FAO says food prices stuck at “stubbornly high levels”

By Sarah Hills

- Last updated on GMT

Related tags Food security Agriculture 2007–2008 world food price crisis Fao

Crop production may be rising but not enough to bring down high and volatile agricultural commodity prices this year, according to the latest analysis from the FAO.

The high pricing is also likely to remain into 2012, said the UN Food and Agricultural Organisation (FAO), which has just released its biannual Food Outlook report.

Abdolreza Abbassian, FAO grain analyst said: “It all comes down to supply and demand and the supply situation, as good as it may seem, is barely meeting demand and therefore prices remain at these stubbornly high levels.

“They have been like this for almost six months and the prospects… for the new season, for 2011/12, seem to suggest that the same situation may prevail for still some time.”

The report highlights a sharp rundown on inventories and only modest overall production increases for the majority of crops as reasons for continuing strong prices.

Meanwhile maize and wheat yields in Europe and North America face the threat of poor weather conditions, so the next few months will be critical in determining how the major crops will fare this year, the report states.

Wheat prices have been particularly volatile in recent months and the benchmark wheat price rose to a high of €242 a tonne last week, although this is still short of the three-year peak of €281 per tonne reached in February.

The FAO said that global wheat output is expected to be 3.2 percent up from last year's reduced crop, mostly reflecting improved yields in the Russian Federation.

World production of coarse grains is expected to climb 3.9 percent, exceeding the record set in 2008.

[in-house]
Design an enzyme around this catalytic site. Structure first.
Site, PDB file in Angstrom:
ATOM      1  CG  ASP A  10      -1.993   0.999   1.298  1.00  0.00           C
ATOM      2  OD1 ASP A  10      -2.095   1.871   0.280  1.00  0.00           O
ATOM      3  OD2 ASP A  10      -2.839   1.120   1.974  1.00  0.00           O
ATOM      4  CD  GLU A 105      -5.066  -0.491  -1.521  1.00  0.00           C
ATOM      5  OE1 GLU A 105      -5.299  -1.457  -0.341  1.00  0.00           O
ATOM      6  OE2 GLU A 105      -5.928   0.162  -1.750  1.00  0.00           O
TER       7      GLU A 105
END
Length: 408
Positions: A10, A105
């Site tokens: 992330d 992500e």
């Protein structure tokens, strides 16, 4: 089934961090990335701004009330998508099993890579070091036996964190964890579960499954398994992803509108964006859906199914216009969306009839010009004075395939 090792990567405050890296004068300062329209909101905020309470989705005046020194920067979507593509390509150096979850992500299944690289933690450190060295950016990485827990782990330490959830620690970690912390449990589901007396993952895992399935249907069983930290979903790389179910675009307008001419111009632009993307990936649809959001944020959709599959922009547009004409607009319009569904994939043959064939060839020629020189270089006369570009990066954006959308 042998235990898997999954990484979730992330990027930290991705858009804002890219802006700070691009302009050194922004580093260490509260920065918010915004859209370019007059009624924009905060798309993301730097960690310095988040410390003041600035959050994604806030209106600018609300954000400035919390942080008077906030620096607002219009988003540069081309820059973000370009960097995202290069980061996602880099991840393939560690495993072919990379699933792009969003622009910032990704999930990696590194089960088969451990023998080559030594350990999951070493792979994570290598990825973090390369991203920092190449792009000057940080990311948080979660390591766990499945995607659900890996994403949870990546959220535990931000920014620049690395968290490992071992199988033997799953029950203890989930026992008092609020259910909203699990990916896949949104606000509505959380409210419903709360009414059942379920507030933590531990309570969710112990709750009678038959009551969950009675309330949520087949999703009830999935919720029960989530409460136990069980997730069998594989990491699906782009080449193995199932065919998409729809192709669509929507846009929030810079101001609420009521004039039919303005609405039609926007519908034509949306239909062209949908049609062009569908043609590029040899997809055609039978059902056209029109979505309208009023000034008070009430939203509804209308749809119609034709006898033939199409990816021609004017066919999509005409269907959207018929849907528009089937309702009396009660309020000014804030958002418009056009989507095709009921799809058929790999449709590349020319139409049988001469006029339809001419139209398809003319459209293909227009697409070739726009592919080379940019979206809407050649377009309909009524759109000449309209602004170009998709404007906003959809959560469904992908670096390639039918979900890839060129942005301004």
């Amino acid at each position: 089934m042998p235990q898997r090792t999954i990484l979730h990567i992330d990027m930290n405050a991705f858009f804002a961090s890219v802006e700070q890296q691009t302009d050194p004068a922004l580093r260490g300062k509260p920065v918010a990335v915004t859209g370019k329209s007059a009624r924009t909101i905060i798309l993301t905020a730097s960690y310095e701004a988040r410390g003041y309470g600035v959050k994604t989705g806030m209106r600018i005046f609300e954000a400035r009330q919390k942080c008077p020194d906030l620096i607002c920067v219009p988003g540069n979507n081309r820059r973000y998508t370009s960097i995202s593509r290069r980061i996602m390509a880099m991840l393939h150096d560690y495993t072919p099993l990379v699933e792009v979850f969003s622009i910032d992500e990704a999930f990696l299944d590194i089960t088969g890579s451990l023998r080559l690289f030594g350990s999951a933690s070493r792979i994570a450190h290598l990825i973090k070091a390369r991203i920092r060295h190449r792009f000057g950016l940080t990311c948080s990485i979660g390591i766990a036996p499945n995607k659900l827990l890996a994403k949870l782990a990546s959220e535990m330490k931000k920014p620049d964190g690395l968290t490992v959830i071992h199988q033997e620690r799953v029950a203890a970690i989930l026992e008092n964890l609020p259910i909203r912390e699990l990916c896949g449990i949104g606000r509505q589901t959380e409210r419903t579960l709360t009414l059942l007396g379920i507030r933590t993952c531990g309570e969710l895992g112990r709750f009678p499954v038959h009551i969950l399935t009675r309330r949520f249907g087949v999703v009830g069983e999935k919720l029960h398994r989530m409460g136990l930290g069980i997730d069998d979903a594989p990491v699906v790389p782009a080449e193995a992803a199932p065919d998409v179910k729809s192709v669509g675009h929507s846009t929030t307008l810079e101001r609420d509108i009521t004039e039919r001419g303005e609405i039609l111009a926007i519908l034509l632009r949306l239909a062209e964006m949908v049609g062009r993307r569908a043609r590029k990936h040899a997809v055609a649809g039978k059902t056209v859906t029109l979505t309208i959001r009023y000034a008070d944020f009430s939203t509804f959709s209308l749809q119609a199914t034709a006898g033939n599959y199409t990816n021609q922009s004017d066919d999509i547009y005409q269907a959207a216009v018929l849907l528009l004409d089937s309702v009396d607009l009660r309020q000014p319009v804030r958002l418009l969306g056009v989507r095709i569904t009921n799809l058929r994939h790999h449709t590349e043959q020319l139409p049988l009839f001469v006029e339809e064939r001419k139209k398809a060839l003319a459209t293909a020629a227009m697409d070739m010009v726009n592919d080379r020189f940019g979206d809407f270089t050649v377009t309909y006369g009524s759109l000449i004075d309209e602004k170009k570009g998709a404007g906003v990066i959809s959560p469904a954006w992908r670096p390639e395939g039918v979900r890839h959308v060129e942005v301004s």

Abbassian described the production increases as very promising “especially because the wheat situation last year was terribly affected by the drought in Russia. The recovery there is going to be a very positive element”.

Likewise, sugar is expected to surpass consumption for the first time since 2007/08.

In a separate analysis of the wheat market, Francisco Redruello, senior packaged food analyst at Euromonitor International, said that in terms of production, prices are not entirely linked to global supply and demand for wheat. Other variables include energy prices, oil and corn, which is competing with wheat for land.

Similarly Rabobank said in its latest agricultural commodity market report that wheat prices would “continue to be pressured” as Russia’s export ban ends but without a significant improvement to weather in multiple production regions, the correction would likely be short-lived.

Food Price Index

The FAO said international food prices, which earlier this year soared to levels seen in the 2007-8 food crisis, dropped one percent in May due to declines in international prices of cereals and sugar - more than offsetting increases in meat and dairy prices.

The FAO Food Price Index averaged 232 points in May but was still 37 percent above May 2010.

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